Communication: The Soft Skill That Chinese American Community Lacks the Most

Lucy Burns, the president of the St. Louis chapter of the Organization of Chinese Americans and Matthew Fan

An Immigrant St Louisan’s Call for Action to Parents

(Matthew Fan of John Burroughs, 16 years old, Social Media Ambassador of CCES)

In this era when connections can boost you to the top of the social and economic food-chain, I’ve often wondered, “How can Chinese-American kids, including myself, improve our networking skills so that we can be competitive in society and happy in social environments?” I firmly believe that Chinese children need to vastly enhance their communication abilities, which can only be achieved with the critical help of parents who can expose their children to social environments at a young age. My interview with Lucy Burns, the president of the St. Louis chapter of the Organization of Chinese Americans, confirmed my hypothesis with regard to the benefits and the pressing need for kids, especially Asians, to enhance communication skills. In the interview, Mrs. Burns expressed her concerns and wisdom for Asian-Americans trying to improve their social skills.

Mrs. Burns stated, “When you get a job in the future, native-born Americans seem to be more likely to speak up while the Asian will just want to only work hard. And they just want to stay away.”


“They never want to take initiative?” I asked.

“Exactly… You need to improve communications. For example, I’m the first generation of Chinese Americans here. So, at first, I always had low confidence in my language skill. But at least you understand me, so that’s good,” she laughed in reply, “And then I joined the Toastmasters Club. It helps people improve their public-speaking skills. I gained so much confidence. I can talk to strangers. I can talk to anybody. I can imagine myself talking to 200 people. These days, if you don’t have the right connections, you might not get the job you want.”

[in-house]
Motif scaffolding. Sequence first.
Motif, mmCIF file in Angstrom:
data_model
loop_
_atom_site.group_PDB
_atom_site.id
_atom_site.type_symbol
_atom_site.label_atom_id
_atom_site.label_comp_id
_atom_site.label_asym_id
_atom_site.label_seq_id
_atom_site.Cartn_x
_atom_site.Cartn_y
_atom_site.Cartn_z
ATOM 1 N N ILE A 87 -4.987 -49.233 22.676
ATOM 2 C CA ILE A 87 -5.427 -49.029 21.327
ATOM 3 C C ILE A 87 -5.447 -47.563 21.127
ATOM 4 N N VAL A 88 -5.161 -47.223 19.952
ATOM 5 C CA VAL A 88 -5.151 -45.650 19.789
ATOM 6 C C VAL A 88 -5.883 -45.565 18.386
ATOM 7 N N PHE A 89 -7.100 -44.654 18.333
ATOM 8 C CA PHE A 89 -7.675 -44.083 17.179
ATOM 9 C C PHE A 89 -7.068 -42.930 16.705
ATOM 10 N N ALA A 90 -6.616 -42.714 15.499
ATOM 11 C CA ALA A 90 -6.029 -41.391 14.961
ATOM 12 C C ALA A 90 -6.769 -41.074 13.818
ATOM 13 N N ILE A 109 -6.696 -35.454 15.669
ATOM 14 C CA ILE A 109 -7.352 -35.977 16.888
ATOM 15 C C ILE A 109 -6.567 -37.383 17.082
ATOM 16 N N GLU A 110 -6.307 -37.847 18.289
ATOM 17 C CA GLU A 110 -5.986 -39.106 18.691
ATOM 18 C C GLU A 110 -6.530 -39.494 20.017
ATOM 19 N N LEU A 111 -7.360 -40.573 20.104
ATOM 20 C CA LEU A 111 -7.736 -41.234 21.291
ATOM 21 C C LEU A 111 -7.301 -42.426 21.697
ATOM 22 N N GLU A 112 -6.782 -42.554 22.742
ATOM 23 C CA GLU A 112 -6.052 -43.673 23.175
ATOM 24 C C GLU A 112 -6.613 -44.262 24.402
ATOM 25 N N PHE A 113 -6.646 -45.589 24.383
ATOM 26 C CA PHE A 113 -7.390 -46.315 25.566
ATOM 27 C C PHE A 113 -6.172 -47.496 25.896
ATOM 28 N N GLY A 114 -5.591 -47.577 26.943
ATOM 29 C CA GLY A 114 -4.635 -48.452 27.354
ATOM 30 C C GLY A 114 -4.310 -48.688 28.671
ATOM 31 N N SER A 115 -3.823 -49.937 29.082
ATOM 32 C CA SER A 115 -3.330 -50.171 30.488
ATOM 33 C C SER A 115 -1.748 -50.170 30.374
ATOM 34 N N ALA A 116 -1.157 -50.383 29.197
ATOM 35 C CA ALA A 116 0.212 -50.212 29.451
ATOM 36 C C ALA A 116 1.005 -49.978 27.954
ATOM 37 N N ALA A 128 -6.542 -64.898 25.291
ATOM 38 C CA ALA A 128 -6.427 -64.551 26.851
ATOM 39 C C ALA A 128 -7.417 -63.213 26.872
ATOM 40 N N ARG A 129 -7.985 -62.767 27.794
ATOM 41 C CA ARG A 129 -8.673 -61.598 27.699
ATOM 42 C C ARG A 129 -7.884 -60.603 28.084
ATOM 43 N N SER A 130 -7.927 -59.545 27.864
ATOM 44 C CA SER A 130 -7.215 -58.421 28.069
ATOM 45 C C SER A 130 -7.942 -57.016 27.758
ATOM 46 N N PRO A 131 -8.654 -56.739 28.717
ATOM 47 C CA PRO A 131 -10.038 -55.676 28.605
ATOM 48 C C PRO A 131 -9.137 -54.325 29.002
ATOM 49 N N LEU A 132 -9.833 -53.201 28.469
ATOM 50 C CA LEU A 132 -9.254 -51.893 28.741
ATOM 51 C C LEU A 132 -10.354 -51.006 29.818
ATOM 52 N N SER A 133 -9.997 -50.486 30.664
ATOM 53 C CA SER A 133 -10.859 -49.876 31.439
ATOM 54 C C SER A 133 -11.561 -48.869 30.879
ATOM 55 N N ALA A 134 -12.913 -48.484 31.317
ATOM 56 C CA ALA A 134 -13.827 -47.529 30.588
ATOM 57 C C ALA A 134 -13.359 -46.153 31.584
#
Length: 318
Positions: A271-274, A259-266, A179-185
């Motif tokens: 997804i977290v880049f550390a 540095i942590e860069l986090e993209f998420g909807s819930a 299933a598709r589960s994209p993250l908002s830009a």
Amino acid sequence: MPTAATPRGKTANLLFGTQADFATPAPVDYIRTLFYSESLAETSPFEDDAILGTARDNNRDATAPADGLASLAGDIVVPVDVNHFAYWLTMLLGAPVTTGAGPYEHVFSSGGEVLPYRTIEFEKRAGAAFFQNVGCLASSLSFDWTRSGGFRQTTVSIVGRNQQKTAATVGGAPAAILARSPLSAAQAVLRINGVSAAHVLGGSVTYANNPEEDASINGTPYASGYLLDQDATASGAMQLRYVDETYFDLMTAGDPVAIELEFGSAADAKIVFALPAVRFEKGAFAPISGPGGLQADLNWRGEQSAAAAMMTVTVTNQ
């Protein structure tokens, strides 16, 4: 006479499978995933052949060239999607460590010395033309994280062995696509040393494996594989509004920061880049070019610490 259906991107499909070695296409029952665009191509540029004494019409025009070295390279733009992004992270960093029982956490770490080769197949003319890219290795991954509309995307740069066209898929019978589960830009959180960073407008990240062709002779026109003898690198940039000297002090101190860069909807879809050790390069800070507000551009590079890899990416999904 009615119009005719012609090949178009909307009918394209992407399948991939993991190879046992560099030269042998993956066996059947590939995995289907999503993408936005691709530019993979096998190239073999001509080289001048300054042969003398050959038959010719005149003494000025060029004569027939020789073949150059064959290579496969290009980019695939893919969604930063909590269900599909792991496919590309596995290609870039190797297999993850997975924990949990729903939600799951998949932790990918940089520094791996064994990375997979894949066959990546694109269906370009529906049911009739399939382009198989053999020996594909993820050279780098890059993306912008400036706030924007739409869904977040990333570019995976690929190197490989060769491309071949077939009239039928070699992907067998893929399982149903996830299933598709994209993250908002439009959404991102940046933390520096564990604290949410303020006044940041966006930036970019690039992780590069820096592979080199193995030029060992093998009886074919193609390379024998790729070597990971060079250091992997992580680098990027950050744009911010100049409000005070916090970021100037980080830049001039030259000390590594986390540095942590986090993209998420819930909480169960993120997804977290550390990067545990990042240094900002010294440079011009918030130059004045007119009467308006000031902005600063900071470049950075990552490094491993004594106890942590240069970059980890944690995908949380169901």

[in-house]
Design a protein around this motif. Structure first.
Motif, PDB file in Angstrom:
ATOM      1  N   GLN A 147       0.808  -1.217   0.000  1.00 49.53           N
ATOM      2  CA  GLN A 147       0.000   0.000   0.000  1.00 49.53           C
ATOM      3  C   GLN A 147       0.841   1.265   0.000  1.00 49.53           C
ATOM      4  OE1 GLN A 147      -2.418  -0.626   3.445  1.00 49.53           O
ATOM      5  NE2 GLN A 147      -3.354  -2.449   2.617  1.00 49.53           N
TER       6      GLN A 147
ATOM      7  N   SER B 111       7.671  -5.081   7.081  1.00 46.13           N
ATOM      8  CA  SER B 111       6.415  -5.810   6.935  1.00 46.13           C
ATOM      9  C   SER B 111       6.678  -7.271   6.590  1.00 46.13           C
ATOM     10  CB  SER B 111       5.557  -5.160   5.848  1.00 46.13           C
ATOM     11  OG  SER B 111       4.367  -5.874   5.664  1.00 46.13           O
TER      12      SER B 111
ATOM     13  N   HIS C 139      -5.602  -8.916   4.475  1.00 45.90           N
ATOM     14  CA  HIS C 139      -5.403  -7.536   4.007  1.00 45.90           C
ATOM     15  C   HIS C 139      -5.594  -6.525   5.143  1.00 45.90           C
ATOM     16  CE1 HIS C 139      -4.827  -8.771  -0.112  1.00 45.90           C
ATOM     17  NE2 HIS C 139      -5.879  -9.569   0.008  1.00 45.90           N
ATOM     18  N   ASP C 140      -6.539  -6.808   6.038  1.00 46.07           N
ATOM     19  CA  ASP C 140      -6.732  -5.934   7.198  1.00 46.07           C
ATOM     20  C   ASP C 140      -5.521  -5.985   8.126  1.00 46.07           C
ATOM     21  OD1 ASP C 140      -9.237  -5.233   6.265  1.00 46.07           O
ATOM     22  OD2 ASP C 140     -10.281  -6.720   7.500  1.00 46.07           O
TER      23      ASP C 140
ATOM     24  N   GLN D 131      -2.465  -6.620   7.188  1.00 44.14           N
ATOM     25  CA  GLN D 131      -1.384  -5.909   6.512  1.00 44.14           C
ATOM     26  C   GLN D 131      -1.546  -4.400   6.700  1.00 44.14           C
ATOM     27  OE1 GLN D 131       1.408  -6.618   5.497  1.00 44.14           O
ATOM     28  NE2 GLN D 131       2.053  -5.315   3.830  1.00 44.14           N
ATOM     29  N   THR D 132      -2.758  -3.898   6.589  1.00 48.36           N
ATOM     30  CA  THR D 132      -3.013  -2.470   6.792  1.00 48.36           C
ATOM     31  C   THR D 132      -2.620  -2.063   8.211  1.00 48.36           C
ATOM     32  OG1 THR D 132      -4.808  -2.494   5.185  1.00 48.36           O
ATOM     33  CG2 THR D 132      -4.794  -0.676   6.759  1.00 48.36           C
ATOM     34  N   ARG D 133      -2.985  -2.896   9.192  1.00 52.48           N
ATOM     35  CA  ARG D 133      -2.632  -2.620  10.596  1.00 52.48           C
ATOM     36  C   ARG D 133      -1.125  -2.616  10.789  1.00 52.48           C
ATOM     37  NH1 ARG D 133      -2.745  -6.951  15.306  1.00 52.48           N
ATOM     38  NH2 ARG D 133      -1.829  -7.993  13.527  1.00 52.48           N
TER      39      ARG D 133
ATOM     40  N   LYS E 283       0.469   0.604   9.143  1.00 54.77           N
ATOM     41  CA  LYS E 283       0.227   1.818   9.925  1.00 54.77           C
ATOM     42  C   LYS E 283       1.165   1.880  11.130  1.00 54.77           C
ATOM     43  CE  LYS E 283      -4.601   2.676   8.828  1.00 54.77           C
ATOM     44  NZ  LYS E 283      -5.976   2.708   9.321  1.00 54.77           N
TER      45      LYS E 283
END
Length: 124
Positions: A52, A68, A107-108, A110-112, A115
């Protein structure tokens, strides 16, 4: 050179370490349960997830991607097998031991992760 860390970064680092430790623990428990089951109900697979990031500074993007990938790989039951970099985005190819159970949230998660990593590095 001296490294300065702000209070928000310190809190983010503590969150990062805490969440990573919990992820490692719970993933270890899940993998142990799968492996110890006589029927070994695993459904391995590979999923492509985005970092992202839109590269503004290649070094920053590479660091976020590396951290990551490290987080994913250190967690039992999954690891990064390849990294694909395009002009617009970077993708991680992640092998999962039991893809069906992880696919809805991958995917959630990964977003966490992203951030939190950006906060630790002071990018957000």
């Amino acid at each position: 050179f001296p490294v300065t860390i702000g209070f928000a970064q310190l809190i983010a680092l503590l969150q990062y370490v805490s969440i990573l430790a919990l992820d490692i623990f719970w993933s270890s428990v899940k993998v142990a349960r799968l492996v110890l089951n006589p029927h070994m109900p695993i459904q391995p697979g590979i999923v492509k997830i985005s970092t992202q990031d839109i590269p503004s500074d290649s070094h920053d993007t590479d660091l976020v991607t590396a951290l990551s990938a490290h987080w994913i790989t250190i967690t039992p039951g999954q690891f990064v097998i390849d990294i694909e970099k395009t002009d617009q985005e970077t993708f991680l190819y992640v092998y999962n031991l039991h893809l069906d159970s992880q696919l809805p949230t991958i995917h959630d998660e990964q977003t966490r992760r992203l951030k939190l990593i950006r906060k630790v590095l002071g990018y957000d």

Mrs. Burns’s wisdom and story had me nodding, and it should have every reader of our Chinese-American community, especially those living in the Midwest, nodding too. There is a widely accepted stereotype that Asians are quiet and hardworking people, traits that are often attributed to the Asian traditions of being furiously obedient and diligent. In households where one or both parents are of Chinese descent, one can see this and other Chinese traditions followed, where conversations often center around school work and what the kid needs to do in order to stand out in a community where academic excellence is almost taken for granted. To be fair, these characteristics and traditions have been proven in a 2014 scientific study involving thousands of students by the Proceedings of the National Academy of Sciences to result in stronger academic achievement for Asians over other ethnicities. However, the authors of the study also found that this hard work and achievement comes at the cost of Asians being “less psychologically adjusted and socially engaged in school than their White peers.” In addition, Asian teenagers were found to have more family conflict, less likely to feel positive about themselves, and less likely to spend time with friends than their White peers. These findings on achievement are great, but they also show the huge costs of solely focusing on academics such as loneliness and lower happiness, highlighting the pressing need for Chinese kids to be allowed to focus on communication skills with others.